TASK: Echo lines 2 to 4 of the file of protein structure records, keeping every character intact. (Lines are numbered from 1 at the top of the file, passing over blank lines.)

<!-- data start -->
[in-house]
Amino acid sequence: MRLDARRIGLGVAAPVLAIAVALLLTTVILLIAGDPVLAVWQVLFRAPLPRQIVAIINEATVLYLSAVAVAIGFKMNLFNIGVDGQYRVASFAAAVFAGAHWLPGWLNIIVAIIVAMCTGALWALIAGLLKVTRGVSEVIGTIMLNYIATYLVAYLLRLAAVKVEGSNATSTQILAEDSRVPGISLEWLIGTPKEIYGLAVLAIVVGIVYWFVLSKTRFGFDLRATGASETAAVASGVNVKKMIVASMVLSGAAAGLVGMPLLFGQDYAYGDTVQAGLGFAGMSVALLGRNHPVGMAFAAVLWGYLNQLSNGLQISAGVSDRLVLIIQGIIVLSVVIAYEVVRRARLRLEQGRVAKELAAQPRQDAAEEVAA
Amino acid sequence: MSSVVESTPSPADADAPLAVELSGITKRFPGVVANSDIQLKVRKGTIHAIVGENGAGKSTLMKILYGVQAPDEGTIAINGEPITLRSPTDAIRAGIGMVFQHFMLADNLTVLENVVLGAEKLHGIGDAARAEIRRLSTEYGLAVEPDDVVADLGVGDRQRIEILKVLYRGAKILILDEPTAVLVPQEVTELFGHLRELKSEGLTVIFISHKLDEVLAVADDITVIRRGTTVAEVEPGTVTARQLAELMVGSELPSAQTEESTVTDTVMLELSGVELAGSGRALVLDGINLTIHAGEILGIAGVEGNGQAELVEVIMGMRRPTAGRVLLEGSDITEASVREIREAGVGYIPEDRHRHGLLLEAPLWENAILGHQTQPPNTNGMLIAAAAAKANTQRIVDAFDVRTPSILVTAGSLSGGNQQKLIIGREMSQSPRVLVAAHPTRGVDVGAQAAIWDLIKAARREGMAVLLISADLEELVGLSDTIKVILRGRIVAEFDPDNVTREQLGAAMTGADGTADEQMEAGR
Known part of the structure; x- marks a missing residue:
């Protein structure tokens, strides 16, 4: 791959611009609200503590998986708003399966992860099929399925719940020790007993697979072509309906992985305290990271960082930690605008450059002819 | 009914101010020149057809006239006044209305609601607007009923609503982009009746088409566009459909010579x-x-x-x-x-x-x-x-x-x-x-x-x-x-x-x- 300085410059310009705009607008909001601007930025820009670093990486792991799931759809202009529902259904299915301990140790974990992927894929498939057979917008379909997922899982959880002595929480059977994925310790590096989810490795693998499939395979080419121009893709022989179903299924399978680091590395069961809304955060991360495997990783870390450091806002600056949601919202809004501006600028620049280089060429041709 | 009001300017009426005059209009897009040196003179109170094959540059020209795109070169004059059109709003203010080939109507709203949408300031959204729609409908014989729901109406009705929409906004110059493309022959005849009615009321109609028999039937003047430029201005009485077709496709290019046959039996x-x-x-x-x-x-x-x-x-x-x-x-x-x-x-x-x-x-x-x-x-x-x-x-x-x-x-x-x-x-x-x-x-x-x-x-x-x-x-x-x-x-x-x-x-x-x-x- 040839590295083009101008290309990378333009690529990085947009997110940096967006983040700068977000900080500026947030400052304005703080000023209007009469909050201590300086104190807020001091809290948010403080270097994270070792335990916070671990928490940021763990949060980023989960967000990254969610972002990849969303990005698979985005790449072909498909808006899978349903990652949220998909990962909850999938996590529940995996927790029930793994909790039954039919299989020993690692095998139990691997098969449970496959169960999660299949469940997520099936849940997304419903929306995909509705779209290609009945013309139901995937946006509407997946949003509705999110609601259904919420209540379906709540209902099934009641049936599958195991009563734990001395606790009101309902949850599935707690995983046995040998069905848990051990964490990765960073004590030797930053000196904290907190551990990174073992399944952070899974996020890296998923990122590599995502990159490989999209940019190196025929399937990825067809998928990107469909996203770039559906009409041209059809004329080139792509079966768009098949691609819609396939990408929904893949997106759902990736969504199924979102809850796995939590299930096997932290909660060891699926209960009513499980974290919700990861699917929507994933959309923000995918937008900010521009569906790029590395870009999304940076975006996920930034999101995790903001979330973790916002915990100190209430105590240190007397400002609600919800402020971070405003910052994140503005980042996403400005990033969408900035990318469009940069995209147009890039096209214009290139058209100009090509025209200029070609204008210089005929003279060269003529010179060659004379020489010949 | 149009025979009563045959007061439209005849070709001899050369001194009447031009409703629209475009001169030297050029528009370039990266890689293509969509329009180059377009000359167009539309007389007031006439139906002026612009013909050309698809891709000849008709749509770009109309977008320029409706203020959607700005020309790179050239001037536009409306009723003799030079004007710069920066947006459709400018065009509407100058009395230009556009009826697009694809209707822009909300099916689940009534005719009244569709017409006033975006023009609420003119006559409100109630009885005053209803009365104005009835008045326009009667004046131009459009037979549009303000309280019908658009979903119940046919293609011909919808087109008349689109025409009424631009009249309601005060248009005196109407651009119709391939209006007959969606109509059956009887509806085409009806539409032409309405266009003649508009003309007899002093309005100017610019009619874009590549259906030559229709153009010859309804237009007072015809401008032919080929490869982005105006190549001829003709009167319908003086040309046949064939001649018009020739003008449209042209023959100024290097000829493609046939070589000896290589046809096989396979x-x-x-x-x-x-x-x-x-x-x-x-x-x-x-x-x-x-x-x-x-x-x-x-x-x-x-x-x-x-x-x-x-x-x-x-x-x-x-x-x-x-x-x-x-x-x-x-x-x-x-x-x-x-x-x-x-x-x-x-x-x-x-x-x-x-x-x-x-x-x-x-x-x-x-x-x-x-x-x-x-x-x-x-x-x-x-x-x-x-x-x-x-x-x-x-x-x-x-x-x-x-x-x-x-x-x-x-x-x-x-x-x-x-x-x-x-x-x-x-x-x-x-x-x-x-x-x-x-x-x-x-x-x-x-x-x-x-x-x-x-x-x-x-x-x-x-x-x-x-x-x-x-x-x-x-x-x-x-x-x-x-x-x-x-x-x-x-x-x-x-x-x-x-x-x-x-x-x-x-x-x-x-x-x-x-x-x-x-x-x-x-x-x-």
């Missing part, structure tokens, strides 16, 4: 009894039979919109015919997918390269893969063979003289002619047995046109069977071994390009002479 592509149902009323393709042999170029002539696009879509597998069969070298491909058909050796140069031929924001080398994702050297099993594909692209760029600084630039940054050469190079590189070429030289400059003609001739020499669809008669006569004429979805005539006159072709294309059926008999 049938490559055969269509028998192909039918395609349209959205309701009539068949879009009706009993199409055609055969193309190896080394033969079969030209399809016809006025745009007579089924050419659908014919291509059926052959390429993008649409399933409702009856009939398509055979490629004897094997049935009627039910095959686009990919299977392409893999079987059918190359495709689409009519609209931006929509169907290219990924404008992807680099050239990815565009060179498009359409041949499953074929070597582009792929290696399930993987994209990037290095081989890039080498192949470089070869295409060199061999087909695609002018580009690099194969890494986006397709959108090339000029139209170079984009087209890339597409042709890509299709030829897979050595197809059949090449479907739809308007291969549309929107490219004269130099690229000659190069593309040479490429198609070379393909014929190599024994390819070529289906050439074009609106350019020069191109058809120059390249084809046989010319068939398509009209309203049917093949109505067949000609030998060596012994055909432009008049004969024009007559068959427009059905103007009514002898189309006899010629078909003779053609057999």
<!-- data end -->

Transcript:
Amino acid sequence: MRLDARRIGLGVAAPVLAIAVALLLTTVILLIAGDPVLAVWQVLFRAPLPRQIVAIINEATVLYLSAVAVAIGFKMNLFNIGVDGQYRVASFAAAVFAGAHWLPGWLNIIVAIIVAMCTGALWALIAGLLKVTRGVSEVIGTIMLNYIATYLVAYLLRLAAVKVEGSNATSTQILAEDSRVPGISLEWLIGTPKEIYGLAVLAIVVGIVYWFVLSKTRFGFDLRATGASETAAVASGVNVKKMIVASMVLSGAAAGLVGMPLLFGQDYAYGDTVQAGLGFAGMSVALLGRNHPVGMAFAAVLWGYLNQLSNGLQISAGVSDRLVLIIQGIIVLSVVIAYEVVRRARLRLEQGRVAKELAAQPRQDAAEEVAA
Amino acid sequence: MSSVVESTPSPADADAPLAVELSGITKRFPGVVANSDIQLKVRKGTIHAIVGENGAGKSTLMKILYGVQAPDEGTIAINGEPITLRSPTDAIRAGIGMVFQHFMLADNLTVLENVVLGAEKLHGIGDAARAEIRRLSTEYGLAVEPDDVVADLGVGDRQRIEILKVLYRGAKILILDEPTAVLVPQEVTELFGHLRELKSEGLTVIFISHKLDEVLAVADDITVIRRGTTVAEVEPGTVTARQLAELMVGSELPSAQTEESTVTDTVMLELSGVELAGSGRALVLDGINLTIHAGEILGIAGVEGNGQAELVEVIMGMRRPTAGRVLLEGSDITEASVREIREAGVGYIPEDRHRHGLLLEAPLWENAILGHQTQPPNTNGMLIAAAAAKANTQRIVDAFDVRTPSILVTAGSLSGGNQQKLIIGREMSQSPRVLVAAHPTRGVDVGAQAAIWDLIKAARREGMAVLLISADLEELVGLSDTIKVILRGRIVAEFDPDNVTREQLGAAMTGADGTADEQMEAGR
Known part of the structure; x- marks a missing residue: